*Which is further yanking me around at this moment.  I’m listening to Ruddigore on Radio Three via their ‘listen again’ programme—or let’s say I’m trying to listen to it—and it’s just dropped off the frelling airwaves again.  ‘Low bandwidth’ the pop-up box says, primly.  The story of my frelling life, lately.  Low.  Bandwidth.^  Arrrrrrrgh.  When the frelling government does all these useless frelling studies of where they can shoehorn in more people—and the whole ‘build more houses!’ thing makes me nuts anyway, when we’ve got a colossal empty house problem already, at least in Hampshire—when they are passing over the whole infrastructure question because it doesn’t suit them to recognise that there is more to be considered than merely plot size for houses, do they even have internet access and broadband feasibility as an item on their list to be passed over?  Or is that a dumb question?  Don’t answer that.  

^ It’s presently not saying anything.  It’s not playing either. 

** And have therefore terrified most of you into silence, apparently.  I did tell you that you have nothing to fear:  you’ll only notice it as a lack of polar bears in the desert.  Or as I said in the afterword to OUTLAWS:  I wanted to make the story historically unembarrassing— I’m aiming to make SHADOWS scientifically unembarrassing—at least up to the point where I jump off the deep end clutching my solemn textbooks and laughing maniacally.  At the moment the magic, and the gruuaa, are winning.  Which is fine.  As long as it’s a fair fight.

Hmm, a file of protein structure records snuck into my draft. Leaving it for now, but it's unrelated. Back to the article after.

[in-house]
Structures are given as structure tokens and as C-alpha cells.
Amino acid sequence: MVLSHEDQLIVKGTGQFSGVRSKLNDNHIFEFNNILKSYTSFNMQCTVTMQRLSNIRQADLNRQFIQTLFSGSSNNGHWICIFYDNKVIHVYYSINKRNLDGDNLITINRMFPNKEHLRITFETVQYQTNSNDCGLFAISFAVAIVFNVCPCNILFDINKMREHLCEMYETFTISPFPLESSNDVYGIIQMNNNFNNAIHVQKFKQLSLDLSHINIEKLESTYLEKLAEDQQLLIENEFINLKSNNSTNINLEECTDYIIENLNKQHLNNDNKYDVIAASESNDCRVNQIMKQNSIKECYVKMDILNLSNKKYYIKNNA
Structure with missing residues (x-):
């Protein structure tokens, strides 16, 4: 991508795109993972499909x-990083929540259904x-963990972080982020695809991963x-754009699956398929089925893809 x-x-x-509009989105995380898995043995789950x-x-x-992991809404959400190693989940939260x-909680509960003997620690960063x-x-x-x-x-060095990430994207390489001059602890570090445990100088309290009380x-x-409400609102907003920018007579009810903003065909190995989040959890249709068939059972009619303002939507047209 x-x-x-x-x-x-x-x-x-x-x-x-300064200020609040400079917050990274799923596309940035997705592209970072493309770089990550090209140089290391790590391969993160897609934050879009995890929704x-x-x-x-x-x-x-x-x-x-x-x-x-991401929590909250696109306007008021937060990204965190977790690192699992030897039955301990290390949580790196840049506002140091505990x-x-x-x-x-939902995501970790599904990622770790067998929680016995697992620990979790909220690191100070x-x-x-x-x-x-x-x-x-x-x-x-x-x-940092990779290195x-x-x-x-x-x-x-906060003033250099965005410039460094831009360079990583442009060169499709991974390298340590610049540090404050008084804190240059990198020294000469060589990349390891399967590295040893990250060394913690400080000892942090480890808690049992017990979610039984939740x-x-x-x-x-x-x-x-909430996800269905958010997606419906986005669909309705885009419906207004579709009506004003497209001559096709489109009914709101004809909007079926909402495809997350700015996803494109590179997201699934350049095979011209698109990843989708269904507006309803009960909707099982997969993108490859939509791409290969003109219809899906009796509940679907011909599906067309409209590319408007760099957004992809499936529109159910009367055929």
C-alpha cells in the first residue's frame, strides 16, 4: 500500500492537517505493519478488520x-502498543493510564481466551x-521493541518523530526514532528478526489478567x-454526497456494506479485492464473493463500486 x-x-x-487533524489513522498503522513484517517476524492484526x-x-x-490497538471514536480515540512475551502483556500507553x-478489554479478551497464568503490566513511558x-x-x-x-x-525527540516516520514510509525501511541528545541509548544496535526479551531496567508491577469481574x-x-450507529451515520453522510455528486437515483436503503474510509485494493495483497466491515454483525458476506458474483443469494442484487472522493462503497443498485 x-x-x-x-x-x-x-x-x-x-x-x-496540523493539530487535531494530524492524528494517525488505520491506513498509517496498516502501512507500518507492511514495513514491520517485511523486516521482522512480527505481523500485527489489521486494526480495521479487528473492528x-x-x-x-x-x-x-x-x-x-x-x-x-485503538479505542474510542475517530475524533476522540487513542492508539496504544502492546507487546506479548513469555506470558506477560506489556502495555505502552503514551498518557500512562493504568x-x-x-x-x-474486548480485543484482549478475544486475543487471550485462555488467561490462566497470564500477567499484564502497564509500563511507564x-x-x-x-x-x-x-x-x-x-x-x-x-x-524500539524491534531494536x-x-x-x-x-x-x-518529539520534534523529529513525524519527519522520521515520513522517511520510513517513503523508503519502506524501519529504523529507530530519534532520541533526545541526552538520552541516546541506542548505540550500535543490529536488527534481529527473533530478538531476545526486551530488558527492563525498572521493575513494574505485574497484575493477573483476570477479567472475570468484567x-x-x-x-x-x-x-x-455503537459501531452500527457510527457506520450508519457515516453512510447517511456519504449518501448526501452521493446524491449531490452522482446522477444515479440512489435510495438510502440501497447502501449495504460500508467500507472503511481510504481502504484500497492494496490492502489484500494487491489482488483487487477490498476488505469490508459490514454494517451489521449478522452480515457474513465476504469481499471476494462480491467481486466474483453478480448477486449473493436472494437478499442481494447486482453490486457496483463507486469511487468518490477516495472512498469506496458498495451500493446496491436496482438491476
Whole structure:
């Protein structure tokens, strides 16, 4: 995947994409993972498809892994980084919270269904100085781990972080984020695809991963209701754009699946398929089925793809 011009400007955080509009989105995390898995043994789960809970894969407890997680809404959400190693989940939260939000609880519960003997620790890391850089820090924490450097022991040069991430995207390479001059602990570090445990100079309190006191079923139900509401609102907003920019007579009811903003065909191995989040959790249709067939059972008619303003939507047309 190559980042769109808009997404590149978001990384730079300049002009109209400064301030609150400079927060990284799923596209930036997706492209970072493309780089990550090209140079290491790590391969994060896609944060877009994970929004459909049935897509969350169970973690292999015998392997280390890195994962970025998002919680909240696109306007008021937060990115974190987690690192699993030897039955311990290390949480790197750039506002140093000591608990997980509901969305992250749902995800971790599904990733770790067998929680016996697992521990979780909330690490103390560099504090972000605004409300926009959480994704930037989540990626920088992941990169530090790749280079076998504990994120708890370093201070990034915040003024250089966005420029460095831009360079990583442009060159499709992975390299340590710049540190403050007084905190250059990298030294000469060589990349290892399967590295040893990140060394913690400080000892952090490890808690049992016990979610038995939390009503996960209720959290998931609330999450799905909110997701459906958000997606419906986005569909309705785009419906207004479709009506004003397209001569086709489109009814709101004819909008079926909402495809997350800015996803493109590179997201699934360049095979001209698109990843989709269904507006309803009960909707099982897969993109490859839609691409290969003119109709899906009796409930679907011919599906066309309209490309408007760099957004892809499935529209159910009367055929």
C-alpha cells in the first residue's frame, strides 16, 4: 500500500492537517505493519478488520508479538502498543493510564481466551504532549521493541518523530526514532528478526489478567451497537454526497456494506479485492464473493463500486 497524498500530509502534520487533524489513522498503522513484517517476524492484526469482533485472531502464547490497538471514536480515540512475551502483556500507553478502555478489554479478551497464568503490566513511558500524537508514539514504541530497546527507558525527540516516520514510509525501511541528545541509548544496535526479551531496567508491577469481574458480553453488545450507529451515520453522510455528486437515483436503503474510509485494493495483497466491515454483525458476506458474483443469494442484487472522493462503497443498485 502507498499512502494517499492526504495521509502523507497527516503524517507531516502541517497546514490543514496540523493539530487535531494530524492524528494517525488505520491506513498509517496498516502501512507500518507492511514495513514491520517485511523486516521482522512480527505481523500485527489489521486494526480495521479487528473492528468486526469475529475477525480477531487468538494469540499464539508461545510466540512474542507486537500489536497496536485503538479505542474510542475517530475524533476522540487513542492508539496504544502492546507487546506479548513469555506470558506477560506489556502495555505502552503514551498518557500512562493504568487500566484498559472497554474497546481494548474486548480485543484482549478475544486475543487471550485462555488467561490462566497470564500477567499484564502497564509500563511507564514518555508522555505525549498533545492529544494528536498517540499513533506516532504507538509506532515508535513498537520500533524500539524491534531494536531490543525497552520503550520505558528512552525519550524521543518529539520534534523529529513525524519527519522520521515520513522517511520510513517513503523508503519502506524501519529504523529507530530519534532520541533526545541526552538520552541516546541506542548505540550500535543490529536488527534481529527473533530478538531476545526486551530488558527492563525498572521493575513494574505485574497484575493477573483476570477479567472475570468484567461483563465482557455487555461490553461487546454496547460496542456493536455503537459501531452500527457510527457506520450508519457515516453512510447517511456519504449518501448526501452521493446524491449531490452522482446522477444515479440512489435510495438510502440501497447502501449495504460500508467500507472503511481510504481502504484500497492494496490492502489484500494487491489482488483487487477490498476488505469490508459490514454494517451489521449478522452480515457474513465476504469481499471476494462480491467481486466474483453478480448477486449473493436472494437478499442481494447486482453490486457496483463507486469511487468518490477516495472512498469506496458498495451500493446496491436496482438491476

*** My ignorance knows very few bounds. 


 †† Except not every time.  That very first book—DON’T KNOW MUCH ABOUT [American] HISTORY—the first two of its four parts downloaded fine.  Nothing like setting the frelling hook before you start fishing in earnest. 

††† Angelic.  Mad. 

‡ And in case you’re wondering why I’ve never given you a final absolute total, that’s because I don’t know what the final absolute total is.  It’s not so much the postage and envelopes and pads of A6 paper and things, I’ve got books that were donated by the publishers and books that I paid for—at author’s rate, mind, but still, paid for, and since there are more than two or three of these I need to reimburse myself, which I hadn’t originally expected to be an issue—and I’m going to have to take the whole show to the Tax Man and find out how to present it, and what goes in column A and what goes in column B, because I’m going to have to pay tax on it and then wait till the lovely IRS grudgingly disburses at least some of it back again.  This has been a steep learning curve and no mistake.  I have every intention of doing a little tiny charity auction again some day, because it’s a perfectly good idea and when you’re not thinking ‘eeep’ it’s also fun, but there’s an emphasis on little tiny.  And Blogmom hasn’t forgotten the doodle window, it’s just that all the stuff she didn’t do while she was running the unexpectedly-successful Days in the Life sale/auction, has kind of fallen on her and she’s still catching up.